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Figure 1. Qualitative functional relationships depicting the thermal performance of prey metabolism, prey resource ingestion rate and assimilation efficiency in the presence and absence of perceived predation risk. These relations summarize known empirical relationships derived from experimental analyses reported in the literature. These relationships are characterized mathematically to predict the temperature sensitivity of prey selection for C and N in risk and risk free conditions.

A fundamental physiologic property (Chown and Nicholson, 2004) is that mass specific metabolic rate (RC) of ectotherms will rise, peak and then decline with increasing temperature (Figure 1). Experimental research has shown that predation stress can exacerbate RC across the temperature gradient (Culler et al., 2014; Schmitz et al., 2016). Mass specific ingestion rate may follow a similar nonlinear trend across a temperature range (Kingsolver and Woods, 1997, 1998; Chown and Nicholson, 2004), whereas assimilation efficiency AC might be approximated as a linearly increasing function of temperature (Culler et al., 2014; Clissold and Simpson, 2015; Schmitz et al., 2016). These empirical trends can be used to begin exploring how GGEC and TERC:X might vary with temperature. We do this here by approximating the empirical relationships of the component variables with temperature (T), and substitute those functions into equations for GGEC and TERC:X. We approximate the temperature dependent functions as:

IC=aIc+bIcT-cIcT2    (3a)
RC=aRc+bRcT-cRcT2    (3b)
AC=aAc+bAcT    (3c)

Substituting these functions into the equation for GGEC and algebraically simplifying the coefficients gives:

GGEC=â+b^T+ĉT2-d^T3aIc+bIcT-cIcT2    (4)

Qualitatively, Equation (4) generally gives rise to a highly nonlinear function that rises, peaks and declines with rising temperature (Figure 2). It can be used to explore how perceived predation risk might influence the temperature dependent relationship by examining how the model parameters might change. It has been shown empirically that assimilation efficiency is lower when prey face perceived predation risk (Risk prey) than when facing no risk (No Risk prey), and efficiency for Risk prey rises more slowly with rising temperature than for No Risk prey (Schmitz et al., 2016). Hence, the magnitude of aAc and bAc in Equation (3c) will be lower for Risk prey than for No Risk prey. Across a temperature gradient, mass specific metabolic rate of Risk prey tends to be higher than for No Risk prey (Culler et al., 2014; Schmitz et al., 2016). Hence, as a first approximation one may assume that the magnitudes of aRc and bRc in Equation (3b) will be larger for Risk prey relative to No Risk prey. These assumptions imply further that in Equation (4), â and b^ for Risk prey will be less than for No Risk prey. Collectively, these parameter changes will lead to the same qualitative form of the temperature dependency of GGEC (Figure 2A). However, the curve describing GGEC for Risk prey is offset from the curve for No Risk prey.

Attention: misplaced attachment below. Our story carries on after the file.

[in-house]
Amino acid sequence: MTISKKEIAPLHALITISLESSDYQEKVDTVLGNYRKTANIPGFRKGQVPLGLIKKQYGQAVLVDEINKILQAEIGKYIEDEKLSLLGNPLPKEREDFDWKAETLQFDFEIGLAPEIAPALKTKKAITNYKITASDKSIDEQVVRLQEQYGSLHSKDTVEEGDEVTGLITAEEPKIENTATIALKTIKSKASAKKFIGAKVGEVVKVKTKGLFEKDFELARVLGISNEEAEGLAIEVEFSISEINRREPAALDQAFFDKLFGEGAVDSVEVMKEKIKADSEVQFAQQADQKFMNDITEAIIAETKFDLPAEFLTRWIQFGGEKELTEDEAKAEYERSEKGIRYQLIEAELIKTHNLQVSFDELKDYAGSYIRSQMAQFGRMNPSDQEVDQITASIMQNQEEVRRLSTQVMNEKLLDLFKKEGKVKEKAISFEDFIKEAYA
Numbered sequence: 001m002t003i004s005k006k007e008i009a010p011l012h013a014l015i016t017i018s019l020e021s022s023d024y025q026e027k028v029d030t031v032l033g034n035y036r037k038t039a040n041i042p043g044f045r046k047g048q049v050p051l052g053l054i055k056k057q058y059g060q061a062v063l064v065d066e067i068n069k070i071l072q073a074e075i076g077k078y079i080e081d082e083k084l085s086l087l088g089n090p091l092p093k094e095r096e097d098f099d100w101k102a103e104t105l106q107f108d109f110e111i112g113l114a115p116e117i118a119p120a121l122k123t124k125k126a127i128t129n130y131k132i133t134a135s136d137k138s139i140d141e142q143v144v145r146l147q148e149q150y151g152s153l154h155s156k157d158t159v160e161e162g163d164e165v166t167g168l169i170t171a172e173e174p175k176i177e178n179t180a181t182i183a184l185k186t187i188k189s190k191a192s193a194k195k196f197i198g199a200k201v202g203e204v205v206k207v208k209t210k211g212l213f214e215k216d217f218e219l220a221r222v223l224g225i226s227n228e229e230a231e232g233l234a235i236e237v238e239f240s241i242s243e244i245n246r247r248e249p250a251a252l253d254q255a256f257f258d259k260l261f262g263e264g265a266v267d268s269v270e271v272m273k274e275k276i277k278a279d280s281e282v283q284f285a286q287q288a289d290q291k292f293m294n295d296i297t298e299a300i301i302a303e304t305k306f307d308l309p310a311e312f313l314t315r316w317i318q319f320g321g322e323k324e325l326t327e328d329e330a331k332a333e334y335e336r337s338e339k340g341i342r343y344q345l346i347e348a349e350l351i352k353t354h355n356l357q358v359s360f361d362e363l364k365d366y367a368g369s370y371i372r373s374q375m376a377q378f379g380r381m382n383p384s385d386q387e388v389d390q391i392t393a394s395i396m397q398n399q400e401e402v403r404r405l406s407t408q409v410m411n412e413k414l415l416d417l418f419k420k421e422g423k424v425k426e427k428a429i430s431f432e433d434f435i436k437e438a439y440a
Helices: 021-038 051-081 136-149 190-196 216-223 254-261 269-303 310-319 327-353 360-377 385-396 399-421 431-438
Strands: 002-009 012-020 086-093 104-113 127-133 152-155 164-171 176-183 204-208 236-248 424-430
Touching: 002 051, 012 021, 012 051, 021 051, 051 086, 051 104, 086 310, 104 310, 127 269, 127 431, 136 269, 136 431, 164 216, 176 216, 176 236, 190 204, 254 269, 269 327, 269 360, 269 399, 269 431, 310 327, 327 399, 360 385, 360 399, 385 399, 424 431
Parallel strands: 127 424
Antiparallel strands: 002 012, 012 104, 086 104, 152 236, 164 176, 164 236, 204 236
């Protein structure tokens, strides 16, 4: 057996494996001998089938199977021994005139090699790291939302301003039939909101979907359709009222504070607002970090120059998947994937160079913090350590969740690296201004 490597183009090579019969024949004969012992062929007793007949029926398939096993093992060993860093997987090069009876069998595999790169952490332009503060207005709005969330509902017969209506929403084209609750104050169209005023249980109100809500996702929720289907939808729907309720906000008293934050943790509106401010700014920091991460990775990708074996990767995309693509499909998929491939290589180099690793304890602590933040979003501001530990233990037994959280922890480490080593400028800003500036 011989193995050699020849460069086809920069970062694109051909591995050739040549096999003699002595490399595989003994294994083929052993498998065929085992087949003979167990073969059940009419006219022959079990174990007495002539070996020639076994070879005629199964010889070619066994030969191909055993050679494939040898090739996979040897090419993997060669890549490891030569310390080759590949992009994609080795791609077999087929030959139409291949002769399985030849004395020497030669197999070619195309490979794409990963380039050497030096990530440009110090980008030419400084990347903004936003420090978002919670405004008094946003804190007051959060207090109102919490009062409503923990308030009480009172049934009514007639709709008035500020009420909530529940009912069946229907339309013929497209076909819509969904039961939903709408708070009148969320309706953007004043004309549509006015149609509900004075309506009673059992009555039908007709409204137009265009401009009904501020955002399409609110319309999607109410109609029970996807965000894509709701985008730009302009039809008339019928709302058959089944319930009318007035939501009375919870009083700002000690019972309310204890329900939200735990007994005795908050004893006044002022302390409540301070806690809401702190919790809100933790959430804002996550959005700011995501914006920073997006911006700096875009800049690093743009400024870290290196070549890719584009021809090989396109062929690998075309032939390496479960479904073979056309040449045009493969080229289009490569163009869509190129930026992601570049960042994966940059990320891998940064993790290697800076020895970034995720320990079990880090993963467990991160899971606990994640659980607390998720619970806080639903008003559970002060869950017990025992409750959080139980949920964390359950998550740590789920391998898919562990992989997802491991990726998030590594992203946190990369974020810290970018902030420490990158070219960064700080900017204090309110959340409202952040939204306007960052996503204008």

FIGURE 2
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Figure 2. The temperature sensitivity of prey to perceived predation stress and implications for intake of dietary C and N based on functional relationships depicted in Figure 1. (A) Gross growth efficiency (GGEC) varies nonlinearly with temperature, but perceived predation risk offsets the curve relative to no-risk conditions. (B–E) The temperature sensitivity of the threshold elemental ratio TER, determined by the ratio of assimilation efficiency of N/GGEC, is contingent on assumptions about how assimilation efficiency AX varies with temperature. The depictions assume that AX is constant for both risk and risk free conditions (B), is constant for risk free conditions but increases linearly with temperature for risk conditions (C), is constant for risk free conditions but decreases linearly with temperature for risk conditions (D), and changes nonlinearly (increasing and then decreasing) across a temperature gradient for both risk and risk free conditions (E). The figure shows temperature thresholds (vertical dotted lines) where prey facing risk would consume more N than no risk prey (C:XNR > C:XR), and when prey facing risk should consume more C than no risk prey (C:XNR < C:XR). The figure illustrates that consumption ratios are highly dependent on the temperature conditions in which prey risk responses are evaluated.